Sunday, September 19

The legend of Big Foot Spencer

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Folklore follows this early pioneer through a dubious history

Thomas Spencer left his mark on Middle Tennessee. He left large marks all over Middle Tennessee. They were called footprints, and Spencer’s were huge.

Just ask Timothy Demonbreun, who was a French trader. Demonbreun lived in a cave in Tennessee for half of the year and ran a store in Illinois the other half. One day Demonbreun saw a footprint much larger than any he’d ever seen. It scared him out of his wits.
A few years later, a settler was so scared at the sight of one of Spencer’s footprints that he jumped into the Cumberland River and swam for miles.

Encounters such as these gave Thomas Spencer the nickname “Big Foot.”

A statue, below, and marker, above, near Castalian Springs mark where Big Foot Spencer’s sycamore tree home once stood. After settlers left the area where he lived, Spencer moved into the hollowed-out tree.

So how big was Big Foot Spencer? Hard to say. These days, you don’t walk up to a big man with a scale and ask him to step on it. You didn’t do it back then, either. There are books that claim Big Foot Spencer weighed 400 pounds. Most of it was muscle.

Longhunters, as a fourth-grade teacher will tell you, came into the wilderness with long guns and stayed a long time. The most famous of the longhunters was Daniel Boone. But when I think about longhunters, I think of Spencer, tromping around the forest, leaving long footprints in the mud.

But it didn’t start off that way. Thomas Spencer was originally part of a settlement. He came to Middle Tennessee from Virginia in 1776. About the time they were writing the Declaration of Independence, Spencer and some other folks were trying to settle near Bledsoe’s Lick in what is now Sumner County.

They cleared a few acres and built a fort out of the trees they cut down. Having a big man helped. One day Spencer was sick, resting on a blanket by a fire. According to the story, two of the other settlers were trying to lift a big log on top of a wall they were building. Spencer watched and listened to them struggle. It went on and on.

“Can’t a guy get some sleep?” he wondered. Finally he sat up, brushed them aside, grabbed the log and shoved it into place.
After everyone got settled, they planted some corn and went hunting.

Life in Tennessee was rough. The attacks from Chickamaugan warriors were deadly and frequent. Within a year, everyone except Spencer wanted to go back to Virginia. The last one to leave was a man named Holliday. When he left, he and Spencer had to decide what to do with their only knife.

“No problem,” said Spencer, breaking it and handing half of it to Holliday.

From there the story gets hard to follow. Big Foot moved into a giant hollow sycamore tree and made that his home. Why? We don’t know. Maybe the Native Americans burned the fort down while he was out hunting. Maybe it was too much land to take care of. Maybe he preferred a more cozy setting. In any case, I’m not making the sycamore tree up. There is a statue of that tree near Castalian Springs.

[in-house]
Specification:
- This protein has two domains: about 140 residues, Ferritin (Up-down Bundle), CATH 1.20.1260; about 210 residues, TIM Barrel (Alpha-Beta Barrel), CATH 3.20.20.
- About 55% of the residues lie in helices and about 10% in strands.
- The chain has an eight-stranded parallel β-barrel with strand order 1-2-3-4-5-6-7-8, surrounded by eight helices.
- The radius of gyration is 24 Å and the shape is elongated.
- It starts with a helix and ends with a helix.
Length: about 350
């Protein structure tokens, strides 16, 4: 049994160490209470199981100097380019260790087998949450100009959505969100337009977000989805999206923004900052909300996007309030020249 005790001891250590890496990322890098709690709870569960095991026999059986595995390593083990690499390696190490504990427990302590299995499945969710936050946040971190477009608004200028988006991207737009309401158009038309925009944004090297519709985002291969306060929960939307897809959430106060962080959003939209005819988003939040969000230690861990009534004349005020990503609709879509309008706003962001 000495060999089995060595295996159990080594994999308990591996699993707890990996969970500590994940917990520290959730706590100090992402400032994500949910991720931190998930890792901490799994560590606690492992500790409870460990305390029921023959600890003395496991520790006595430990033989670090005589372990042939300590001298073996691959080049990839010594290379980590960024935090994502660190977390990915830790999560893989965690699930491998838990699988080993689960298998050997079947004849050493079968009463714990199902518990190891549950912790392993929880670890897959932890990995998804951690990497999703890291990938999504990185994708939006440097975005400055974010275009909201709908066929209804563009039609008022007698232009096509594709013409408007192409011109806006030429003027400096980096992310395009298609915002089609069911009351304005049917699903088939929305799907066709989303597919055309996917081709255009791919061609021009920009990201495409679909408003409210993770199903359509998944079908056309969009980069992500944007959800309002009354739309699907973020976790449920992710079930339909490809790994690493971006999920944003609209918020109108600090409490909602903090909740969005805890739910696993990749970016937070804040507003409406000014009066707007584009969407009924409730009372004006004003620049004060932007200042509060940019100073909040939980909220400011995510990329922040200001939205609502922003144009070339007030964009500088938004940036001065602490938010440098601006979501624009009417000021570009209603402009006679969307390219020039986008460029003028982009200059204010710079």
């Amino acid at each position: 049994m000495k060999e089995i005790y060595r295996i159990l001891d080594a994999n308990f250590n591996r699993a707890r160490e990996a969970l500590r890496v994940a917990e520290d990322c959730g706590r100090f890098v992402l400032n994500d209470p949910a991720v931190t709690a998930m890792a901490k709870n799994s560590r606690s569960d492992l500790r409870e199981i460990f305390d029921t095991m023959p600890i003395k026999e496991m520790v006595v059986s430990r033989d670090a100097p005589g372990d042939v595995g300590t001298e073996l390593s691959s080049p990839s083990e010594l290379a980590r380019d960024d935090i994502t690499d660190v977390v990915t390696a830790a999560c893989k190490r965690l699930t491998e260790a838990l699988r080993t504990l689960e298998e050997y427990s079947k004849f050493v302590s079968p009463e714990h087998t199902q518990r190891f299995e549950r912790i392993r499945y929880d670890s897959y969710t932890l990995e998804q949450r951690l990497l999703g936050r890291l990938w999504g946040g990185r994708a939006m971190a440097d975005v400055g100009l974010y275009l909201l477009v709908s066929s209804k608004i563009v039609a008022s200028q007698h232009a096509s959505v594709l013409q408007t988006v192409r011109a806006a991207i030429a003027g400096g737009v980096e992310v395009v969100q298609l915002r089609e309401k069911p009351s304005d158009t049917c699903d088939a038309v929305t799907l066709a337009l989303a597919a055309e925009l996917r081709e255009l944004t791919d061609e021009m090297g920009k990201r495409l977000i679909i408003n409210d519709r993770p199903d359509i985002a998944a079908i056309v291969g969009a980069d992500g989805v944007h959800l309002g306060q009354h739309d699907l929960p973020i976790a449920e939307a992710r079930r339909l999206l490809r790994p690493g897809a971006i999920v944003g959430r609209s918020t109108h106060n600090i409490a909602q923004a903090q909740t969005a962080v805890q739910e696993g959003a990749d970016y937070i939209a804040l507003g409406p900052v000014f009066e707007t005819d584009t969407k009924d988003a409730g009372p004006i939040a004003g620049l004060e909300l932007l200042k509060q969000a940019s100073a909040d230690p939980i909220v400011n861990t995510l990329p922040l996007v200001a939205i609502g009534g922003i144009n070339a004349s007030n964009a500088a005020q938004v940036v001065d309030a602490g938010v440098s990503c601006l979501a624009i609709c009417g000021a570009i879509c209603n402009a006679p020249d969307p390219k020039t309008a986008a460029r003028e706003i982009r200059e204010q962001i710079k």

In the 1780s, American and the British soldiers were chasing each other around the colonies. Big Foot Spencer was chasing bears around the Cumberland River. He also got into the occasional fight. One time, Spencer picked up another man and tossed him over an 8-foot fence. The man calmed down and politely asked Big Foot if he could throw the man’s horse over the fence as well.

Big Foot Spencer’s battles with Native Americans weren’t as funny. One time, Spencer and another man were hunting near the Duck River in what is now Humphreys County. While they were sitting around the fire that night, they were attacked. Spencer’s friend was killed. Spencer grabbed the body and both guns and retreated into some underbrush.

The attackers decided they had seen enough and left.

Thomas Spencer liked being alone. He never married. He went out of his way to provide settlers with food. Whenever a fort seemed likely to be attacked, Big Foot showed up to help defend it. The settlers loved him. The Chickamaugan warriors had great respect for him.

I’d like to end the story by telling you that Big Foot lived to be an old man. I’d like to tell you that maybe he’s still out there, tackling bears and leaving giant footprints in the mud. But that would be a lie. On April 1, 1794, Thomas Spencer was killed by Native Americans while returning from a trip to Virginia. In that part of Tennessee there is a hill named for him, along with the town of Spencer and a body of water called Spencer’s Creek.


About Author

Researcher and writer Bill Carey co-founded Tennessee History for Kids in November 2004. He worked as a reporter in Nashville through most of the 1990s, and he is the author of six books, among them Fortunes Fiddles and Fried Chicken: A Nashville Business History; Chancellors, Commodores and Coeds: A History of Vanderbilt University; and Leave No One Behind: Hurricane Katrina and the Rescue of Tulane Hospital. He is a native of Huntsville, Alabama, who spent five years as a flight officer in the U.S. Navy. He graduated from Vanderbilt University in 1987.


    • Dennis Johnson on

      My family is supposed to be kin to big foot Spencer as well. Do you have any information about it? My closest relative who had the information died. I know that my grandmother on my father’s side was a Spencer before she married my grandfather. Any information would be appreciated. You never know, we may be related.

  1. Bill Spencer on

    Interesting, trying to find my ancestors around this time. ONe source shows Big Foot with children, one, never married. Guess will keep hunting

  2. I had a Spencer in my tree same story shared knife with one of Daniel Boone’s sons. Daniels son was the one to die. We are from Thomas Spencer 1721 and Elizabeth Julia Spencer.

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